LA Angels: Wrestling With Robles

TEMPE, ARIZONA - FEBRUARY 19: Hansel Robles #57 poses for a portrait during Los Angeles Angels of Anaheim photo day on February 19, 2019 in Tempe, Arizona. (Photo by Jamie Squire/Getty Images)
TEMPE, ARIZONA - FEBRUARY 19: Hansel Robles #57 poses for a portrait during Los Angeles Angels of Anaheim photo day on February 19, 2019 in Tempe, Arizona. (Photo by Jamie Squire/Getty Images) /

Fog rolled into Angels Stadium for a series between the LA Angels and the Toronto Blue Jays this week. Two of the games we saw a dark figure emerge late, swaying back and forth on the mound ready to defeat his next opponent.

It seemed eerily familiar. Despite the fact that it was an LA Angels baseball game, for some reason I kept picturing Toronto as a scared foreign Yokozuna trying to evade a casket that was an inevitable resting place. My mind had been warped by Robles entrance… and years of watching WWE’s Undertaker close in on his own flapping blue adversaries. Warning, if you hate wrestling, you may not pick up on what this article is laying down.

April 30th, 2019. The sweat beaded off Robles’ brow as he took the sign then delivered the pitch; strike three on the outside of the plate, looking. A clenched fist pumping and his number 57 jersey flowing from his body language of pure elation. Hmm, another familiar sight; echoing to the same numbered flame-throwing closer of successful Halo years past. (If you didn’t know, Francisco Rodriguez AKA K-Rod)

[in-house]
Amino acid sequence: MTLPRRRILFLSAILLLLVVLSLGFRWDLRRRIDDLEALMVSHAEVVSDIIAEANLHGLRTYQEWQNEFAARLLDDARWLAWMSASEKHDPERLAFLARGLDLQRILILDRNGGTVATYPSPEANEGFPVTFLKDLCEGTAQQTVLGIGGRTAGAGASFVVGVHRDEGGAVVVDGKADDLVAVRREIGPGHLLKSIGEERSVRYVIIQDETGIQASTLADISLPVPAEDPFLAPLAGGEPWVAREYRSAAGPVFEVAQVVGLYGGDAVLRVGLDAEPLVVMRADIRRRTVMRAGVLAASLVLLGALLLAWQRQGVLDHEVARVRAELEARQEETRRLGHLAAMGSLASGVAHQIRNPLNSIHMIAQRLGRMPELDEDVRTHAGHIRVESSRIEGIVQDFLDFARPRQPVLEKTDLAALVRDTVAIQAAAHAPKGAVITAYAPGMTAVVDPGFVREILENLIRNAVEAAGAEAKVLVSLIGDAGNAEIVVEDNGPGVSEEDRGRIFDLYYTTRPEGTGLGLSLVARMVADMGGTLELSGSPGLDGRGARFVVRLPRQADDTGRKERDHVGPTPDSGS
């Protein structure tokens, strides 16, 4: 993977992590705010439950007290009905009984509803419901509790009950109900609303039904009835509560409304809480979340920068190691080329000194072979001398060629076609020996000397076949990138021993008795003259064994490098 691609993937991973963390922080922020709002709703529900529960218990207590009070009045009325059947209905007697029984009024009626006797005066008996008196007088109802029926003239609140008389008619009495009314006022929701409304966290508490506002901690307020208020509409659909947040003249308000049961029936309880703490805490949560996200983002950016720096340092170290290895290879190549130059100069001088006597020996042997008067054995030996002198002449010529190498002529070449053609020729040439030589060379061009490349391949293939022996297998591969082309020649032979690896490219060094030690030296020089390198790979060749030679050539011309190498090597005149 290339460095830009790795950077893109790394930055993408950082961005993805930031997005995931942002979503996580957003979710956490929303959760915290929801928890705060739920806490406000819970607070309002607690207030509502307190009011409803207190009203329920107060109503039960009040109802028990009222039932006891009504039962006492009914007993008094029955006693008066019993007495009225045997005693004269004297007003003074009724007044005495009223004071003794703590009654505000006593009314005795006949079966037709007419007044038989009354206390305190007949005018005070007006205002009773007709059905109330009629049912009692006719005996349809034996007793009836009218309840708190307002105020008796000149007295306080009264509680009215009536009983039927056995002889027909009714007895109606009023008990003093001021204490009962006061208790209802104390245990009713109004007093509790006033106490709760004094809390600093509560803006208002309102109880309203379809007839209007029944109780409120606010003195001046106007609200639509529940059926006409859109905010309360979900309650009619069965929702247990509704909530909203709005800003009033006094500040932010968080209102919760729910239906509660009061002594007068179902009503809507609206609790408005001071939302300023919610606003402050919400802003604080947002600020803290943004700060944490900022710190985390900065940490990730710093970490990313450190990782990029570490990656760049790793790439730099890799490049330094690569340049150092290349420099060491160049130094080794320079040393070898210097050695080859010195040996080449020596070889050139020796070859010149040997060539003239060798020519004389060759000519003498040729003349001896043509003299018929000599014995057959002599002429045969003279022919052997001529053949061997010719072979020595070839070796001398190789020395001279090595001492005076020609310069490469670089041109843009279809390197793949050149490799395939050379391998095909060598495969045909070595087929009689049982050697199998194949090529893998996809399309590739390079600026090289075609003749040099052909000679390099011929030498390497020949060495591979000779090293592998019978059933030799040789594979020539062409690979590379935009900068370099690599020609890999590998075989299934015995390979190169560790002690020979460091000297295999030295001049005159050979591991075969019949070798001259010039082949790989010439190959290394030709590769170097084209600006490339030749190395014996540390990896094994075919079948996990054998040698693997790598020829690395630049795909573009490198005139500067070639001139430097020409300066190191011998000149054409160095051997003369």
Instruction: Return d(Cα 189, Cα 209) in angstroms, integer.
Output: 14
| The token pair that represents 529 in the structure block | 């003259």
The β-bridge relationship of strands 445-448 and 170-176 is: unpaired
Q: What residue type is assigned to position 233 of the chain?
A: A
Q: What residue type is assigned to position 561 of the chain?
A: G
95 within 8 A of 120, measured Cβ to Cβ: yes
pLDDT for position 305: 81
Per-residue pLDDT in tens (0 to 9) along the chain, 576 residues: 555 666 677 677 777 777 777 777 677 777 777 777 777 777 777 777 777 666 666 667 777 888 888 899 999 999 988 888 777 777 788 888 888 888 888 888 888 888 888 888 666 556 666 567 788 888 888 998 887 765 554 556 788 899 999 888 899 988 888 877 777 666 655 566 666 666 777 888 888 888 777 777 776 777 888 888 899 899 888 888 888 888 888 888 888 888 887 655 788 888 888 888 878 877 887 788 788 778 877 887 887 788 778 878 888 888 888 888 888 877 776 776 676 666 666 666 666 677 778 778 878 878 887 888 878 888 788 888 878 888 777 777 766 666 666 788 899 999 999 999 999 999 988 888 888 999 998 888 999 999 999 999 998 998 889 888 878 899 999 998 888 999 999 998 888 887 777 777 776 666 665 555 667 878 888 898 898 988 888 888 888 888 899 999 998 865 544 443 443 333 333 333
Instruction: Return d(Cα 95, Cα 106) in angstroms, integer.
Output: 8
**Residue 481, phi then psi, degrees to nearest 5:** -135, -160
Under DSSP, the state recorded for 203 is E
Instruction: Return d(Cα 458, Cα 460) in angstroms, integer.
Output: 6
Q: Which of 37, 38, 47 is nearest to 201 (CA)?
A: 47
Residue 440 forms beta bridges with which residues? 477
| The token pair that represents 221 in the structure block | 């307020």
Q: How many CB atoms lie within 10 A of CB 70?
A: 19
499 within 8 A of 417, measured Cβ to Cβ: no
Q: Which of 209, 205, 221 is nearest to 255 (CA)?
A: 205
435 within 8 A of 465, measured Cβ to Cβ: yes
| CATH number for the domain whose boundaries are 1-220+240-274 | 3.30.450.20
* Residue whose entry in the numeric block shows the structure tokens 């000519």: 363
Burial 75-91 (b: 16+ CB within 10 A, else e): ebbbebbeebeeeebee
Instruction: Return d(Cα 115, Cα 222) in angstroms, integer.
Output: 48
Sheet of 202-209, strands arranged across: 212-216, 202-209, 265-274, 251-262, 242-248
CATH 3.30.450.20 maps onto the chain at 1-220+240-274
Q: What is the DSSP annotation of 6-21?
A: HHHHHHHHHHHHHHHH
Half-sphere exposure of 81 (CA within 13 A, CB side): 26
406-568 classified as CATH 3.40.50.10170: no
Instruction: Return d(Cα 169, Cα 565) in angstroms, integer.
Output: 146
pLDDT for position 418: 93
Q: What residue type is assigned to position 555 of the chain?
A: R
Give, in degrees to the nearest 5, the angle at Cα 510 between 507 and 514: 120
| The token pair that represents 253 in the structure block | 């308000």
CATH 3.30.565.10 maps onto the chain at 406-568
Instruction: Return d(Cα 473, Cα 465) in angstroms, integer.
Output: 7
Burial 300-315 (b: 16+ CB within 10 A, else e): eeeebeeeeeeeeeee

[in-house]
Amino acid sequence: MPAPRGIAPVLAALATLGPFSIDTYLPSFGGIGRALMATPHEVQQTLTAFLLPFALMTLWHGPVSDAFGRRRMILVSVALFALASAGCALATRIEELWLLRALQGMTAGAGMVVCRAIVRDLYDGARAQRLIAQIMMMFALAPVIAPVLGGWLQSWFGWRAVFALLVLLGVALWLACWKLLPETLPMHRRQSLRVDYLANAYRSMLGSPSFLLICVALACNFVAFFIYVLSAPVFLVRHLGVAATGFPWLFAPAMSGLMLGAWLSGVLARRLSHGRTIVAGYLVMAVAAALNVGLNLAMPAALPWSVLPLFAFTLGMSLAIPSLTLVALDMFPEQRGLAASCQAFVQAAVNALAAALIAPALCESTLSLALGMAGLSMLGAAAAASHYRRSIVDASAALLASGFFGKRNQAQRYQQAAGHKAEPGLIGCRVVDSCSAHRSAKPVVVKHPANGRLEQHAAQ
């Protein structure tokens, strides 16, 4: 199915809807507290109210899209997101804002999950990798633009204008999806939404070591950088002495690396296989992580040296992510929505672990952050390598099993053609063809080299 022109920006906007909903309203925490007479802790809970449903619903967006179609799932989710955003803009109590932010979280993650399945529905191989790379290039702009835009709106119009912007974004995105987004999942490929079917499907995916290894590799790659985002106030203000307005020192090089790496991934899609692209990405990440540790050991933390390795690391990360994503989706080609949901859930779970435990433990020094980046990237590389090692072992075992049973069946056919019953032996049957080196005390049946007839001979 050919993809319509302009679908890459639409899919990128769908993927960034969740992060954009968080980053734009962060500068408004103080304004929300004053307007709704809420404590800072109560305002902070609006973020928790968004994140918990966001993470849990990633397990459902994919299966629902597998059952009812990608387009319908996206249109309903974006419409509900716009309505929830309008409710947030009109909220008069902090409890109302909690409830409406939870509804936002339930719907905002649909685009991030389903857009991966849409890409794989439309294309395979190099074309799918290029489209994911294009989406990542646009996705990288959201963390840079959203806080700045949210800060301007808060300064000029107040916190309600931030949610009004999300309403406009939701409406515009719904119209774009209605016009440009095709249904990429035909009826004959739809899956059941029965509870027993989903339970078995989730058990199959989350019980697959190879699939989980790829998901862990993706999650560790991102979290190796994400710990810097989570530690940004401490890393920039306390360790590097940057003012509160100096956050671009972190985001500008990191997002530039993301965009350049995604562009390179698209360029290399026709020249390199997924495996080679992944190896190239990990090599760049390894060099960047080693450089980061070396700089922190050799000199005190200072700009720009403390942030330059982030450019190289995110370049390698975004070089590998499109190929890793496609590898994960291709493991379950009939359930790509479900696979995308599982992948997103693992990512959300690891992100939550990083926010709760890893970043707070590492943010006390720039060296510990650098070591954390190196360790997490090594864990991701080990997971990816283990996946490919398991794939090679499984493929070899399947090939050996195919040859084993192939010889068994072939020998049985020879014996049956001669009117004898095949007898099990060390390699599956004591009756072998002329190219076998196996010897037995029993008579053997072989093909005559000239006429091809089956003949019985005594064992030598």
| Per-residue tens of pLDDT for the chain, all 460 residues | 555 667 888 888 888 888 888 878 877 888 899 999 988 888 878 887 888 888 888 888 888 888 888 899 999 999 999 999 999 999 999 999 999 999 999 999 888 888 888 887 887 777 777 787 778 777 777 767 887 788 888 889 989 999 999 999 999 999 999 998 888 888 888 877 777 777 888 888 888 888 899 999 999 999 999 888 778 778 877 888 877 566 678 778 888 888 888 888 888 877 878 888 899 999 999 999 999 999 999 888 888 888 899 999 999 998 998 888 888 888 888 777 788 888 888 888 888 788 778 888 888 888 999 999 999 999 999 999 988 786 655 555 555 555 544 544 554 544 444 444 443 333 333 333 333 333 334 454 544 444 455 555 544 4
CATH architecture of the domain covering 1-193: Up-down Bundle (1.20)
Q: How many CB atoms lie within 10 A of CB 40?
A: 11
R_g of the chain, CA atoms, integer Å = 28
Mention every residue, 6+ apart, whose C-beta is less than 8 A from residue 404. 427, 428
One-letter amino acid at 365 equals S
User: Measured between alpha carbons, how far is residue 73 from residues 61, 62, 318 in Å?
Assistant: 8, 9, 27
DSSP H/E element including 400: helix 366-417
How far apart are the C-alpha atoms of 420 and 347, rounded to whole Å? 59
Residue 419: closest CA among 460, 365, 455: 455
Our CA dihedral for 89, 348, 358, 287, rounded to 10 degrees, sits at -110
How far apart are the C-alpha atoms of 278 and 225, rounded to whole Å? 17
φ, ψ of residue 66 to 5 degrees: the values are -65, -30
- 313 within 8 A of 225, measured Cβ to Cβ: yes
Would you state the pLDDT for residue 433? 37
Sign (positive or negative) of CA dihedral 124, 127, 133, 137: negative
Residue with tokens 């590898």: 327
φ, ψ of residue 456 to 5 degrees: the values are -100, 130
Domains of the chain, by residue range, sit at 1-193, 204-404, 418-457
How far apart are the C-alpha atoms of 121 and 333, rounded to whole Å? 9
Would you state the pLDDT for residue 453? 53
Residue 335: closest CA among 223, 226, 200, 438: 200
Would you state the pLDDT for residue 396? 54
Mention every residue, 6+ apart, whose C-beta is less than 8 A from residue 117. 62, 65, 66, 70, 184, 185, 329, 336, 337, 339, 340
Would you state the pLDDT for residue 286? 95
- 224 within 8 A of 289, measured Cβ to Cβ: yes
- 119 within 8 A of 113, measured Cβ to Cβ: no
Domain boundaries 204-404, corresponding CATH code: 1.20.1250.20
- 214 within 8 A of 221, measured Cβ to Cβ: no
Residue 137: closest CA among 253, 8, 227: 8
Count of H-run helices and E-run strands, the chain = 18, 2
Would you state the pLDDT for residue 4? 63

Robles’ game ending strike was a nice pitch after inducing a Tellez double play to get the first two outs of the 9th in a 4-3 affair; Halo Nation was still brimming from a Brian Goodwin go-ahead homer just minutes before. The other superb big red late game machine for LAA, Ty Buttrey, would go on to close the next game 6-3 on the 1st of May in similar fashion.

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To polish up, Robles would again make his dreadful entrance on the 2nd and the Blue Jays would leave Anaheim win-less… falling 6-2 in the finale. Red fireworks blasted out of the rocky waterfall… in my head I imagined Brad Ausmus limping out toward him with an Urn. A true Brothers of Destruction metaphor in full World Wrestling Entertainment inspired lure.

What was to be expected after Cody Allen was not able to get his arm or head to cooperate with his Cleveland closing mentality of old? It’s like watching Scott Steiner try to pump back up. Push ups are impressive but pity is not. Robles took a large part of the vacated role by locating what Allen could not- a badass persona.

Then he used it on Toronto- Rest In Peace. So said that familiar gong we have come accustomed to hearing right before the Halo lights up outside Angels Stadium. Just like on April 30th.

But who is Hansel Robles? A former New York Met. Signed in 2008 as an International Free Agent. Major Leaguer since 2015… the year after the Undertaker’s streak… ended? Wait a second. Could there have been a transfer of undead power? A 50-year old giving the reigns not to Brock or Roman… but to another 28-year old Phenom? Is it really that far-fetched? Ya know, in a fake sport story line kind of way? Yes, this is that kind of article.